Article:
All these people need to eat, and a large crafts and services industry will also be needed to provide for the needs of everyone from the farmers who supply the food to the merchants who want nice bunting to drape over their trade stalls and give them the appearance of prosperity.

So the trading city will develop a large demand for a wide variety of goods and services, and entrepreneurial people will be coming from all over to supply these demands (or skim off the top).

  • $\begingroup$ Excellent and accurate answer, Thucydides. $\endgroup$ – MozerShmozer Jul 27 '16 at 17:22
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    $\begingroup$ This is much better articulated version of what I said. I dunno if the checkmark thing can be moved but I would move it to you if I could ^.^ $\endgroup$ – Durakken Jul 27 '16 at 17:44
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    $\begingroup$ @Durakken the OP can change it, but the community is supposed to upvote the better answer to balance that out. $\endgroup$ – Jared Smith Jul 27 '16 at 17:55
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    $\begingroup$ @NexTerren, the "accepted answer" marker can be moved at any time. It's only votes that are locked in until the answer is edited. $\endgroup$ – Mark Jul 28 '16 at 1:05
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    $\begingroup$ -1 Sorry but this is just plane silly. Athens, Venice, Lisbon, London, New York etc didn't grow rich and powerful out tips from drunken sailors. Read some economic history for [[diety-of-choices]]'s sake. $\endgroup$ – TechZen Jul 30 '16 at 18:02

The thing that makes trading cities rich is the trading part. Think of it as a spider web. The outer area connects to other areas but together to other side resources have to go towards the center. All resources are going towards this trade center and as a result the trade center has all the resources coming to it and is able to use all of them where whereas the outer areas can't.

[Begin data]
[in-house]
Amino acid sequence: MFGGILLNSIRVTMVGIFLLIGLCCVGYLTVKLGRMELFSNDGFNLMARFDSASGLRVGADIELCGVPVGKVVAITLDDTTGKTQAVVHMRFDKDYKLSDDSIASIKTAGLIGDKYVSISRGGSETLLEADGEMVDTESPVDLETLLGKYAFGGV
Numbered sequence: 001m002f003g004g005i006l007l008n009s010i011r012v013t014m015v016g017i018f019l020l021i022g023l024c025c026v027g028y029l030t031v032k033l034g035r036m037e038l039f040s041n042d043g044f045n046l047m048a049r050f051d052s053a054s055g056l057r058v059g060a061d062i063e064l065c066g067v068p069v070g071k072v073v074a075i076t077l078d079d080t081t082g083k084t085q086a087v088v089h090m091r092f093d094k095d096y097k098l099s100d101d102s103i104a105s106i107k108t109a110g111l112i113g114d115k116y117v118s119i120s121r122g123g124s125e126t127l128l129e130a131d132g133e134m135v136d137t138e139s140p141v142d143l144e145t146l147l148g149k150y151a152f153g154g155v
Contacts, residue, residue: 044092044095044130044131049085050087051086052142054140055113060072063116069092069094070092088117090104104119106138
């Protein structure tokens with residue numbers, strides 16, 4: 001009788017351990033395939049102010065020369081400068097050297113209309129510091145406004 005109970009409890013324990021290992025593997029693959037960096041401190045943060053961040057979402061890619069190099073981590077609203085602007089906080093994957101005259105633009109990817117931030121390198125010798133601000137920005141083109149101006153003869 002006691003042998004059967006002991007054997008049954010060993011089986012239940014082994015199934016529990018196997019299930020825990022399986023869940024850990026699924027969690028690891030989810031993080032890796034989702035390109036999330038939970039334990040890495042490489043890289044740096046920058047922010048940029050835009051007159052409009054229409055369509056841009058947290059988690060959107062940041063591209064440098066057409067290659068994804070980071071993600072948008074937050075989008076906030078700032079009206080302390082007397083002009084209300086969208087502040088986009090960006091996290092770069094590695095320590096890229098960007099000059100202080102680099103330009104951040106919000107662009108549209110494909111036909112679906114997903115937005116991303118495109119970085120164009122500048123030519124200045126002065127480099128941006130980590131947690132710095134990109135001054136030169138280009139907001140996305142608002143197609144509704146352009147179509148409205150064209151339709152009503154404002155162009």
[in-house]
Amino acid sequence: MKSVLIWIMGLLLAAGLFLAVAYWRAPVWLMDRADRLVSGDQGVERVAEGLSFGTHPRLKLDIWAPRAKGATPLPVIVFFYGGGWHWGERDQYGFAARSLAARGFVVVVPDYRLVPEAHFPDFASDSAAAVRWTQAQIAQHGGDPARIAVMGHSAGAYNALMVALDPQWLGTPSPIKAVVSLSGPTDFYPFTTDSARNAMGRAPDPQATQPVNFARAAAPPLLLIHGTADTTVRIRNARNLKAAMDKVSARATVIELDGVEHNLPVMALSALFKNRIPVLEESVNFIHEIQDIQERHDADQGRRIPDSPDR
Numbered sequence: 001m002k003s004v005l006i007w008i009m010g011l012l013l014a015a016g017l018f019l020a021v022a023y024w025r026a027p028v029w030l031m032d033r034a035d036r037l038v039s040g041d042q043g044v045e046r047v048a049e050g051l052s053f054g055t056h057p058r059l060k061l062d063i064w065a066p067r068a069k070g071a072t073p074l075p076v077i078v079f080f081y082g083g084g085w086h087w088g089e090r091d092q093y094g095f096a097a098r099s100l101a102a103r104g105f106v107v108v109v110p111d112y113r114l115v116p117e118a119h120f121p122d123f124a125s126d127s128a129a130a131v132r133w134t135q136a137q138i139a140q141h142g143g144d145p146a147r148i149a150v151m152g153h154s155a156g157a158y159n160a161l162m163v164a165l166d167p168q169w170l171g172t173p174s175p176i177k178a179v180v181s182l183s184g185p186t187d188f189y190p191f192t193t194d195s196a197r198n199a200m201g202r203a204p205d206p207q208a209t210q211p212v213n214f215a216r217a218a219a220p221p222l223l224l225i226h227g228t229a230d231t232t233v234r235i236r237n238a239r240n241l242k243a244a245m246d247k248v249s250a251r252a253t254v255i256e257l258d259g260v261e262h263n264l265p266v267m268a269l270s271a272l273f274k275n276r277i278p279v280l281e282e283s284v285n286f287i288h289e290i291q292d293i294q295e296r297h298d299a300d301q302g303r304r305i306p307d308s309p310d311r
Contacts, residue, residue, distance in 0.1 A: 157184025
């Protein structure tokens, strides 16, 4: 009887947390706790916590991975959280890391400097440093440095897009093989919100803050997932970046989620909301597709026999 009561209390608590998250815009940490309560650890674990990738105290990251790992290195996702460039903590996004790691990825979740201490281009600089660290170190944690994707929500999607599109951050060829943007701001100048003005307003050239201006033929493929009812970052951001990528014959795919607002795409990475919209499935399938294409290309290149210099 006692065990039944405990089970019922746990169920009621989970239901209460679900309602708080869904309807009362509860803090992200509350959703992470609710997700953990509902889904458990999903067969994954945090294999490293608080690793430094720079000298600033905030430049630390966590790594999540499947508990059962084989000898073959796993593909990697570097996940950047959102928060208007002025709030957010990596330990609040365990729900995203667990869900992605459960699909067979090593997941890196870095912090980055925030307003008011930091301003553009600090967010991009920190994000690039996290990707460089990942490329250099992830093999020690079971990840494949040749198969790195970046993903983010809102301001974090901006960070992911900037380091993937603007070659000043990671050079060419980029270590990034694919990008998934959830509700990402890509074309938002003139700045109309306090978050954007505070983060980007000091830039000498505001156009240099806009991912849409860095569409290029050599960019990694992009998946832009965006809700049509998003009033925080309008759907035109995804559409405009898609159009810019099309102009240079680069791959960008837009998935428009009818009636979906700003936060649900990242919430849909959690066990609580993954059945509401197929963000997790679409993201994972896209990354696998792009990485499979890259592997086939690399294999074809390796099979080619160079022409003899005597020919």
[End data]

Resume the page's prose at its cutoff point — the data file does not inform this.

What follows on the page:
Furthermore, the center, the trading city, is the shortest distance between most points and as a result it's the fastest, safest, and cheapest route. If it decides to do something that blocks one side from trading with the other side, if the two sides wish to continue trading they have to travel a slower, longer, more dangerous, and as a result more expensive route.

This is why trading cities are rich and powerful.

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    $\begingroup$ Yeah, but does the wealth actually come from specifically asking for fees to trade there, or does the trading simply bring commerce to the city (because all the traders rest in the city for a night, buy food, drink, etc)? $\endgroup$ – Krateng Jul 27 '16 at 16:06
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    $\begingroup$ @Krateng: Pretty soon, a significant fraction of the traders are based in the city, and spend much of their income there. They live there because it's convenient for organising their trade, for hearing what's going on, hiring ships, for warehousing goods, and everything else. $\endgroup$ – John Dallman Jul 27 '16 at 17:48
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    $\begingroup$ @thohl Pointing out that someone is thinking too hard is not obnoxious, it's pointing out that the question appears complex so we assume it has to have a complex answer and as a result we dismiss the simple answer that we iikely have already come to and become confused because no complex answer we can think up really fits. Do you think we just have the term phrase "overthinking things" to be obnoxious and it has no other use? $\endgroup$ – Durakken Jul 28 '16 at 1:21